“………Best of all, they’ve promised never to sell me. I’ve found my home at last.”
Most of you just went “Aah, I read it as a kid”, probably followed by “Why review this book here I wonder…..”, and maybe “Wasn’t it called Black Beauty?”
We’ll get to all of that, but just lets take a moment to appreciate the original classic by Anna Sewell. Set in Victorian England, it tells of a young, sprightly and handsome horse called Black Beauty. As a young horse, he begins his career as a carriage horse for a wealthy family. The wheels of time turn, he injures his knees and is then resold a couple of times as a working horse. Overworked, whipped the poor horse just fell in the street one day, to be rescued by a vet and then adopted by a family who treat him well and keep him for the rest of his life.
The novel was published in 1877 and was instantly successful. Sewell, who had been hurt at 14 and was unable to walk, was a good rider and rode a horse or a carriage everywhere she went. Her novel, written in the form of an autobiography, brought the mistreatment and overworking of working horses in spotlight, so much so that the use of the painful “bearing-rein” which was common at that time, was abolished. Animal rights activists of the time started distributing the novel for free in stables, there was a veritable public outcry against the enslavement of beast, such was the effect of Sewell’s work on the public psyche. Anna Sewell herself, died in 1878, only five months after the first publication of her book.
The Story Of Black Beauty is an adaptation of the original 1877 blockbuster, targetted at introducing the story to kids of the 4-6 age group. The book has been beautifully illustrated by Alan Marks. The paintings on each page carry the distinctive dreamlike quality of watercolor, almost as if its a projection reverberating down the corridors of time. The artwork and the adapted story, together create quite an impact on both, the parent reading the story and the kid that is hearing the story.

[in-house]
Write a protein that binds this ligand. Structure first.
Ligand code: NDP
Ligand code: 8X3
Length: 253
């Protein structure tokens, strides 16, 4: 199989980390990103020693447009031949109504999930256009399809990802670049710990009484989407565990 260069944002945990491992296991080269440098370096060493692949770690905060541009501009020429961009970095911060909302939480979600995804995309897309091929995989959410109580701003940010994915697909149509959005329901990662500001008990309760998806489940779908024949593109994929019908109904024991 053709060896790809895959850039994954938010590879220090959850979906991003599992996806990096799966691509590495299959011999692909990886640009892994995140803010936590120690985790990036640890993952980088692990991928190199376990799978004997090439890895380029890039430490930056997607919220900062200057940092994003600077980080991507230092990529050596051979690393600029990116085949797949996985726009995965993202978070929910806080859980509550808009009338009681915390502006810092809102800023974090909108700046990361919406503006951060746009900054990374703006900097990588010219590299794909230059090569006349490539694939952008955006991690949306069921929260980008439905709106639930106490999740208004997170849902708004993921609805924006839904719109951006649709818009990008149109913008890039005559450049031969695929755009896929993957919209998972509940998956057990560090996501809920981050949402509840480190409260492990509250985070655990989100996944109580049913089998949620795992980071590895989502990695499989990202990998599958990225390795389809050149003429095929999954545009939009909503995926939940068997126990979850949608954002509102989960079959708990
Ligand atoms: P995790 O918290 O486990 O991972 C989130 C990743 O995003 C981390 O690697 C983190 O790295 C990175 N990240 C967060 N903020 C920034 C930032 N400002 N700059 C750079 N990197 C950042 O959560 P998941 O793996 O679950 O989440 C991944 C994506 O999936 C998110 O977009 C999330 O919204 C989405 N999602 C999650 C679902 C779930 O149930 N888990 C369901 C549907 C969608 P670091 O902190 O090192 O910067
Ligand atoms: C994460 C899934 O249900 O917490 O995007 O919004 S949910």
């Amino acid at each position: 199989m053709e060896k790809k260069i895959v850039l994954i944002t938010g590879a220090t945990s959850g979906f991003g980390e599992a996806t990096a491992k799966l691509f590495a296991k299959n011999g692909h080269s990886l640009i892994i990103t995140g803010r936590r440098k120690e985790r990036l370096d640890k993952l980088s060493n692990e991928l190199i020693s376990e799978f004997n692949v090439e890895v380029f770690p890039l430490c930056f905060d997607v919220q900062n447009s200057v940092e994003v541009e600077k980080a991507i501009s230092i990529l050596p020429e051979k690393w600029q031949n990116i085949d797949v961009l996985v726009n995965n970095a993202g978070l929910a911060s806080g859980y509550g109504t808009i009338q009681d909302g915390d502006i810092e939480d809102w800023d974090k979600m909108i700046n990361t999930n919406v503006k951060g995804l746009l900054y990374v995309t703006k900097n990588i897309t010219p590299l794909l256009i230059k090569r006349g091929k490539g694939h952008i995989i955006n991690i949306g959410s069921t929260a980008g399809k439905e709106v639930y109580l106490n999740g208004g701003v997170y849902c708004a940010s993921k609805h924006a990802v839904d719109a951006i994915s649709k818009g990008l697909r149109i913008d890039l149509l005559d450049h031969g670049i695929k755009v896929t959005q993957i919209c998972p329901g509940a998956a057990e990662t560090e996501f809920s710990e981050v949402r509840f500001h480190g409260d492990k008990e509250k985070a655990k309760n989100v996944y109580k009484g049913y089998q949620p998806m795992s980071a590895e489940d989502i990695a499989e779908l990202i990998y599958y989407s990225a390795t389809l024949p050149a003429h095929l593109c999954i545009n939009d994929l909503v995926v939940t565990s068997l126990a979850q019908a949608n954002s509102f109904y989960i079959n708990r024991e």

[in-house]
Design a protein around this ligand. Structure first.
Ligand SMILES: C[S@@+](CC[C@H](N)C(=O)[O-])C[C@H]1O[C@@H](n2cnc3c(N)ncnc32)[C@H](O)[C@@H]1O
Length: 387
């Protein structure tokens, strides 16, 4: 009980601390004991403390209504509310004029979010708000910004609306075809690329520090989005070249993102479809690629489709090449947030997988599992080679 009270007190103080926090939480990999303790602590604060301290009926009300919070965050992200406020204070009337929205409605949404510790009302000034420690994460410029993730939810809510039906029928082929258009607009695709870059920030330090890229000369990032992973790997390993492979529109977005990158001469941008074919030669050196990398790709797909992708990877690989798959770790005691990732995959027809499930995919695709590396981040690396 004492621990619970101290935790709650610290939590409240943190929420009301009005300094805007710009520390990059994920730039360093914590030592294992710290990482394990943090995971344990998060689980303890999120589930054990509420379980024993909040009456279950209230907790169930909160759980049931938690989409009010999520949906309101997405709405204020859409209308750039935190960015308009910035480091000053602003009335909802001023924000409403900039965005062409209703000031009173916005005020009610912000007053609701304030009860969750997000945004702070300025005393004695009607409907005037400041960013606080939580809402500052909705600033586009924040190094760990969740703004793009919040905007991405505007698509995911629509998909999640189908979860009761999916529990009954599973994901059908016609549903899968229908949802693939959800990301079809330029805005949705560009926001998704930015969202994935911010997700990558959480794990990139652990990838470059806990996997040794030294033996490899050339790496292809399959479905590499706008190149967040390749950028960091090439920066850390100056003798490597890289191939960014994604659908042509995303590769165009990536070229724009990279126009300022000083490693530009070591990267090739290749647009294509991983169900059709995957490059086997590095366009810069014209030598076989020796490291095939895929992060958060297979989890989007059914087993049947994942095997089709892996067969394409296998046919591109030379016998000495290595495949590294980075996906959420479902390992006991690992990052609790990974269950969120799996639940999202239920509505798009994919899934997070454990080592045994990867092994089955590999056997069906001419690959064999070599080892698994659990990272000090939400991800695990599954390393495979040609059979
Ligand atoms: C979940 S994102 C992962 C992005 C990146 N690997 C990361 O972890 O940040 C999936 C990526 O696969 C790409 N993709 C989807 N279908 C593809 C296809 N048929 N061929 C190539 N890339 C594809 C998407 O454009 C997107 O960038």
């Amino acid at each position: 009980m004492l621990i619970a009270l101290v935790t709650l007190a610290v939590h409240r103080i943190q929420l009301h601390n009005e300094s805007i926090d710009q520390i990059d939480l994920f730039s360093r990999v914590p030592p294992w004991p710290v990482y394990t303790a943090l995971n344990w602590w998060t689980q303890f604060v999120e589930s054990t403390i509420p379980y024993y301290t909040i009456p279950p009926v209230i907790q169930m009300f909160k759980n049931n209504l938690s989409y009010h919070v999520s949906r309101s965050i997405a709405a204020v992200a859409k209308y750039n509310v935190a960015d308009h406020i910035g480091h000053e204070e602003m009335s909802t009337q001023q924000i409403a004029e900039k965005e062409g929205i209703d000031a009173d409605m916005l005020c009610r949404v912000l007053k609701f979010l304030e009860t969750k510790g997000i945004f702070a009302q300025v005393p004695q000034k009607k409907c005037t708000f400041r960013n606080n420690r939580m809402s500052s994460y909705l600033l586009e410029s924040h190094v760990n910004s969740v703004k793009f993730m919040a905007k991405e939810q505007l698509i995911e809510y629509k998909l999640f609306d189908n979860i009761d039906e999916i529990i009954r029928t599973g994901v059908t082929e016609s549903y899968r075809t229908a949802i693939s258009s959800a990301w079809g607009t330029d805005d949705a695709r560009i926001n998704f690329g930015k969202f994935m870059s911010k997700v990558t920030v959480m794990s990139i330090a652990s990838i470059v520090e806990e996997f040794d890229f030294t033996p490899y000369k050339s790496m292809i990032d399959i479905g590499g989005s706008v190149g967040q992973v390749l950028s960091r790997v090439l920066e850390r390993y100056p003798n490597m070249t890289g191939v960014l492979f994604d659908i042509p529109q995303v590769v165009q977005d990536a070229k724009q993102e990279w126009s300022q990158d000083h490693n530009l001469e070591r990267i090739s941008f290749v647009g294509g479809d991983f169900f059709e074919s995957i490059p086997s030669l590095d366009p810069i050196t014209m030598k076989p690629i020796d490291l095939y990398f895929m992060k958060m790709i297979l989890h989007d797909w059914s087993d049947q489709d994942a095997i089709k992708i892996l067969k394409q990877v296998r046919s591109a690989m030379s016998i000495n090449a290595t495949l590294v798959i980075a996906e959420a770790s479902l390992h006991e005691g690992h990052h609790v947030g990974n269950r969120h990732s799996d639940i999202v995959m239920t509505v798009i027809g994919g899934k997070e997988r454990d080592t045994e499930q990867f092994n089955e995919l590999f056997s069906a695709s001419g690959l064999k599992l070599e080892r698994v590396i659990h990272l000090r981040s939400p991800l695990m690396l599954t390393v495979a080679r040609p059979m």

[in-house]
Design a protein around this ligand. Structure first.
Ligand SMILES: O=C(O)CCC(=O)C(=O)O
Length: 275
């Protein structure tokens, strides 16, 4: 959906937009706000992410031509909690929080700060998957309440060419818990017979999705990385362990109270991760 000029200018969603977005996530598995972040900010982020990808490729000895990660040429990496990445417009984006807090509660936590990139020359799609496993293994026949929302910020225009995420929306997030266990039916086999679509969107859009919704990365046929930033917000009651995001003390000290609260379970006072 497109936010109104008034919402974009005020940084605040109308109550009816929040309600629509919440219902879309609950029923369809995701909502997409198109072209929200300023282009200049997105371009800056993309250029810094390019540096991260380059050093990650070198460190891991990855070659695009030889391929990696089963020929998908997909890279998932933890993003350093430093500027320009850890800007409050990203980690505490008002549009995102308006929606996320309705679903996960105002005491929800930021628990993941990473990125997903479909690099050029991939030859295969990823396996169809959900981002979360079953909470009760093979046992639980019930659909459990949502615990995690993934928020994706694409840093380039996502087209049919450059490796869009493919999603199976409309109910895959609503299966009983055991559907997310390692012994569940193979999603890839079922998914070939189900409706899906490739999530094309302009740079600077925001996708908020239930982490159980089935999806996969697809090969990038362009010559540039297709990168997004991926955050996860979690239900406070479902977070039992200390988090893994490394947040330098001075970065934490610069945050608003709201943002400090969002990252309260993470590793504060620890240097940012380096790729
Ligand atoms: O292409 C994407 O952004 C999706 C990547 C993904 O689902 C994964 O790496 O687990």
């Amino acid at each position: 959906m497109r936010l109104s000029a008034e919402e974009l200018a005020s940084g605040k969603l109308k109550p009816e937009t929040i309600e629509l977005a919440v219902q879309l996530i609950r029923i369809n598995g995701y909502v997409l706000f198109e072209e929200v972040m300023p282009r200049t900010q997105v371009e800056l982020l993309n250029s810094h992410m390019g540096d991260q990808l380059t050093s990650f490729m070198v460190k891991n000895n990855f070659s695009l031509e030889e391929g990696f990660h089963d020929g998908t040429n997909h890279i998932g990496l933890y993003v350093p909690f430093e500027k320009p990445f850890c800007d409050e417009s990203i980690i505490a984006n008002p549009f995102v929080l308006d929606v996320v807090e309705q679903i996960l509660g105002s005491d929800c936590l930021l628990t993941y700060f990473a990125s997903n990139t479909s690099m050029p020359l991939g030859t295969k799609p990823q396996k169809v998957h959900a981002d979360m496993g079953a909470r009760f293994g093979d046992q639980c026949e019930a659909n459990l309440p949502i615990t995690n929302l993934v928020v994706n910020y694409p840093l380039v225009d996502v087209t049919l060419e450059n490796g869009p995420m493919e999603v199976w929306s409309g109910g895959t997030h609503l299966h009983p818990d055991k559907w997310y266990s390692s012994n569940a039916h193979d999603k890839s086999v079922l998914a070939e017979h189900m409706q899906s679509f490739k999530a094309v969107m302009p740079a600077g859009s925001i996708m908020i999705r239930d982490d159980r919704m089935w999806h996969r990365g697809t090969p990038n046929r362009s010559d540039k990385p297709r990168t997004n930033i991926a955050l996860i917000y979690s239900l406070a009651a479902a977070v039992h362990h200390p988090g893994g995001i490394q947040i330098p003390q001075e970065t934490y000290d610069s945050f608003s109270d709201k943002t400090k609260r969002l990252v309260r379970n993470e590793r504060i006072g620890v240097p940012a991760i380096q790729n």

My daughter and I found the book at a library in Pune. She picked it up because she loved the picture of the black horse with a star on his forehead. I was immediately transported to my school days when I first read the book. The kid was silent for a minute after reading the story. Then she asked me to read it to her again, and again. Over the next few days, after hundreds of reading sessions, started the questions about why humans domesticate animals. Then started the questions about why humans are cruel to stray animals. That gave way to how animals must think about humans. Those were the most difficult to answer, since she started drawing parallels between all animals, be it horse, stray dogs, cats, you name it. I now have a very ardent, outspoken supporter of animal rights at home.
To sum it up, this adaptation is the perfect way to introduce the story to a young child. The text is simple and easy to follow for children who have just started to read themselves. The pictures are really worth many a word and a child younger than the target audience of 4-6 can also appreciate the book because of them. For the parent reading the book to the child or discussing it with them, you just opened up their minds to new ways of thinking.